In that regard, I highly recommend the Stewart McDonald web site (www.stewmac.com). You’ll find an absolute wealth of information there including some great videos by master luthier Dan Erlewine and his book “Guitar Player Repair Guide” is the best general overview of guitar repair I’ve seen. They also offer just about any tool or part you could possibly need.
All guitarists are very particular about the “action” (distance between the strings and fretboard) on their guitars. Some like myself like the action as low as it can be without producing string buzzes, but I am primarily a finger-style player these days and if I were strumming forcefully the action would need to be higher. There are also humidity (or lack of) issues that affect action so it’s not uncommon for a guitar that played perfectly for a while to develop buzzes or go in the opposite direction – high action – as the seasons change. Different string gauges affect action too. So what can we do to ensure perfect action?
Many players will keep an assortment of saddles that they change out on a seasonal basis as needed. Changing a saddle is easy – just remove the strings and pull the saddle up and out. It makes sense to keep an assortment of saddle shims too (available from Stew Mac and also from master luthier Bob Colosi at www.guitarsaddles.com ). These thin strips are placed beneath the saddle to raise it up slightly if needed. Some guitarists feel that shims negatively affect the sound of the guitar and I generally agree with this but if you have sanded down the saddle too much and need to raise it up – and don’t have a new saddle to use – it is a stop-gap (no pun intended!) solution.
Regarding sanding or filing saddles: be very, very careful if you decide to do this. Make a sanding block with a short piece of 2x4 wood and glue or staple a piece of medium or lighter grit sandpaper to it, then move the BOTTOM of the saddle back and forth on it, being absolutely sure you keep the saddle bottom flat and level. It even the slightest curve is the result of your sanding the saddle will not make firm contact with the slot in which its placed and you will kill the tone of your guitar. This is why having a few saddles with different depths makes sense. Avoid sanding if possible, and never, ever sand the top of the saddle where the strings cross. One more thing – never glue a saddle into the slot. There is no need for this and when the day comes that the saddle needs to be replaced you will surely need to go to your guitar tech for an expensive fix.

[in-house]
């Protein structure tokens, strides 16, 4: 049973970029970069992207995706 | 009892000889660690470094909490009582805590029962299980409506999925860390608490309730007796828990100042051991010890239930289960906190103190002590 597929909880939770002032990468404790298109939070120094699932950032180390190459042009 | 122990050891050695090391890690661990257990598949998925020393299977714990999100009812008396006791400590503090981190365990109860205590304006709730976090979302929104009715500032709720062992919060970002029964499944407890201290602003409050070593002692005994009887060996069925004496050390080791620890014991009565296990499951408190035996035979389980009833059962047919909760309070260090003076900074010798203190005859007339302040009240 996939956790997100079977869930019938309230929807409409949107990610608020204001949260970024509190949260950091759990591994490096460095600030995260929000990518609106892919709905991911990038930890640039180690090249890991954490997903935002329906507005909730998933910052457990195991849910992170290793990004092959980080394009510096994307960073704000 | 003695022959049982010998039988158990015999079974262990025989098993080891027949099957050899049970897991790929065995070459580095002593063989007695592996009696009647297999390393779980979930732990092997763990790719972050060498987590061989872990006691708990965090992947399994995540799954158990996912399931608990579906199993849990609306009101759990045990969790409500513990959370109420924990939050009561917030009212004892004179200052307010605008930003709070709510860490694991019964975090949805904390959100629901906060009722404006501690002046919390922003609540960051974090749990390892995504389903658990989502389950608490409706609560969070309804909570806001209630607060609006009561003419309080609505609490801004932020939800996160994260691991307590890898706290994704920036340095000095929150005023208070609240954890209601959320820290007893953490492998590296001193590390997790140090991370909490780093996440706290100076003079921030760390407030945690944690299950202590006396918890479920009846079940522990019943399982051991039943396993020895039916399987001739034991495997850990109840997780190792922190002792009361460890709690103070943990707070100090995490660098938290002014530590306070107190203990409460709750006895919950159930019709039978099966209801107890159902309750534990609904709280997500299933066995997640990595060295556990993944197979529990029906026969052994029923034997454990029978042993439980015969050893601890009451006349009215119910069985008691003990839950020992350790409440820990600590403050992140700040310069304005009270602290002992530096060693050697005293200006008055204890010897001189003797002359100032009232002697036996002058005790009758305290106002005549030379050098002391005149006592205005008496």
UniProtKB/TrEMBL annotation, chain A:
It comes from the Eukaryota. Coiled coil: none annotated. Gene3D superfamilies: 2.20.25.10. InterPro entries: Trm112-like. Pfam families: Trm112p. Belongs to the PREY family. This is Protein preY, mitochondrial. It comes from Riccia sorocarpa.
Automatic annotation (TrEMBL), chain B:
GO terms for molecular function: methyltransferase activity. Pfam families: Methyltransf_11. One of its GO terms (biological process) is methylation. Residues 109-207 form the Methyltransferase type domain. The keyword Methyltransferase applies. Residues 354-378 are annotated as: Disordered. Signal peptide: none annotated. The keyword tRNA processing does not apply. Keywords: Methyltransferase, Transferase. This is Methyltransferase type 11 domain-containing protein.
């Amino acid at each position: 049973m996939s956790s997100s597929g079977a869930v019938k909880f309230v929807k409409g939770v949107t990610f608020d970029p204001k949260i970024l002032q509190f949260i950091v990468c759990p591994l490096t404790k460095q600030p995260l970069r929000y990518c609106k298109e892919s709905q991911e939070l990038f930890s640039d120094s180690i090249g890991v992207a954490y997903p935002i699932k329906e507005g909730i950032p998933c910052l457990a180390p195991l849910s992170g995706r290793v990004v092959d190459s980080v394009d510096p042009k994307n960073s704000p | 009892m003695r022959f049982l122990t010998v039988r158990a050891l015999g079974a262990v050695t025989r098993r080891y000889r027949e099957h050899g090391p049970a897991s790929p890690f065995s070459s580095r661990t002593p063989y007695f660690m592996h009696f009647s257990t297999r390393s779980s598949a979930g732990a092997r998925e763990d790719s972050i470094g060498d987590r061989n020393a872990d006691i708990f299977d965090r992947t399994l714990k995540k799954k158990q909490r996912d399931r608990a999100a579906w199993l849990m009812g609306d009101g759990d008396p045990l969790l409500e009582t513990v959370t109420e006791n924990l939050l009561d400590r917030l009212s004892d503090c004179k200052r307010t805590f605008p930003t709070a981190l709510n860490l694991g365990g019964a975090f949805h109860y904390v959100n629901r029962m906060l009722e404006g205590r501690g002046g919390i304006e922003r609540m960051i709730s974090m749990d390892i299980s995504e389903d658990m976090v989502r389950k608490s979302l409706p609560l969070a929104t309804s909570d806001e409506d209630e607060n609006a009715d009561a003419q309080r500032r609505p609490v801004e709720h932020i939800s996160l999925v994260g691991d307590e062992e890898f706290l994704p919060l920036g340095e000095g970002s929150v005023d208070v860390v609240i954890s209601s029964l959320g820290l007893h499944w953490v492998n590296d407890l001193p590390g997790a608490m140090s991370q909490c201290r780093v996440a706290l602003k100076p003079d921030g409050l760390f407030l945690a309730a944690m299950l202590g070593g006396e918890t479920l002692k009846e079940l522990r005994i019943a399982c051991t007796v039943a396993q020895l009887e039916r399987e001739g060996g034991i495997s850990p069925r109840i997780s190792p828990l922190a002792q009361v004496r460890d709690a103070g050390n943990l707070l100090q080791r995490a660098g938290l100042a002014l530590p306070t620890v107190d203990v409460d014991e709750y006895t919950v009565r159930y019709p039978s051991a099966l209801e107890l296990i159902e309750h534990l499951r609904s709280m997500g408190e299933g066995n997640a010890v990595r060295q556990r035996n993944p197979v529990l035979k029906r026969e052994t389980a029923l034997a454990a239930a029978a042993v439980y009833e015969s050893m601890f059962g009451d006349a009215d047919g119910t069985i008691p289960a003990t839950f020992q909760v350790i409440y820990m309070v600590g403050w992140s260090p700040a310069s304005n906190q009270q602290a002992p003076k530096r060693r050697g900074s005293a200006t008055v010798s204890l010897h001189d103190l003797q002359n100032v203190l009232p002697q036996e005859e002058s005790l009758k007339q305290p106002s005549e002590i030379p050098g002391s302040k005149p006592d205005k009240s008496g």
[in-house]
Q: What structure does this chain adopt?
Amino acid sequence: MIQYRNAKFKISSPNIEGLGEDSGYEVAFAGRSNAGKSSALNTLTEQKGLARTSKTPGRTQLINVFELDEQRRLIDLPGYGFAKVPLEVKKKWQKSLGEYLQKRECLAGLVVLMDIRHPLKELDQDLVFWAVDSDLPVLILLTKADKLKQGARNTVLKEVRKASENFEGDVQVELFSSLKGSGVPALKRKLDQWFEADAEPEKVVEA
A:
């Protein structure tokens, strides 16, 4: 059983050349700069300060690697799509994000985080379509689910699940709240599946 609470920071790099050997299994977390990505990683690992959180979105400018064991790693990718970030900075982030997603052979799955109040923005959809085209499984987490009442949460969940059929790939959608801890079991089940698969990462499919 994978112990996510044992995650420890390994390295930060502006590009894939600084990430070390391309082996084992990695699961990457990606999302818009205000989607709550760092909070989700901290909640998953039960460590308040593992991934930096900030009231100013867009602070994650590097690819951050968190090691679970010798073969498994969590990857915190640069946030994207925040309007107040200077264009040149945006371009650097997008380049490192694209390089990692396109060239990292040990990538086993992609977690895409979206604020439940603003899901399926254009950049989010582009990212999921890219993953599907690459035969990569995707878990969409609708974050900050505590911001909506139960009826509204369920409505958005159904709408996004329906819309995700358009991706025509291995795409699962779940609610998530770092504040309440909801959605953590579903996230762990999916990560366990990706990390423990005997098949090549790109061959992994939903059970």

One other issue that can be annoying or downright painful is sharp fret edges. Most high quality guitars don’t suffer from this but even the best ones can develop sharp edges as the neck dries out. First try humidifying the guitar, that will often solve the problem, but if not you can do a bit of filing. Sounds scary, right? It kind of is, but with careful prep and the right file it can be done quite easily. First, buy a small fret file from a supplier like Stew Mac or even through the Martin web site. Next, remove the strings and carefully place strips of masking tape on each side of each fret you will be filing. I use painter’s tape, which adheres well to the fingerboard but is easy to remove later and does not leave residue. Be sure to wrap the tape slightly down and a bit around the neck. Next, gently run the file downward at about a 45-degree angle on each corner of the fret. Apply very little force and usually just a couple draws of the file will be enough to smooth the edges. One or two gentle strokes in the center area on the end of the fret may be needed too – again on a 45-degree angle – but use great care to avoid gouging the wood of the fretboard or the neck. I can’t stress enough how important it is to use the right file, carefully prep the neck, and proceed gently and carefully. You will find a great video on the Stew Mac site showing the procedure.
There are a few other tweaks that guitarists sometimes attempt like reglueing a lifting bridge (this involves special clamps, careful prep and the right glue) and filing string slots in the nut but I recommend leaving those things to a qualified tech. Replacing tuning machines can be very easy or a bit challenging, especially if you have to rout out the holes to accommodate the new machines. I’ve replaced many tuning machines and it usually goes just fine but don’t be disappointed if your new machines aren’t a good fit. Just put the old ones back on and take the guitar to your repair person to install the new ones.
Removing and replacing a pick guard is supposed to be easy (involves the use of a heat source like a hair dryer) but I’ve been too chicken to try that one – yet! In any case, do your homework before attempting any repairs or adjustments. There is a wealth of great information on line. Just go slow, be patient and know the limits of your ability – and courage!
Peace & good music,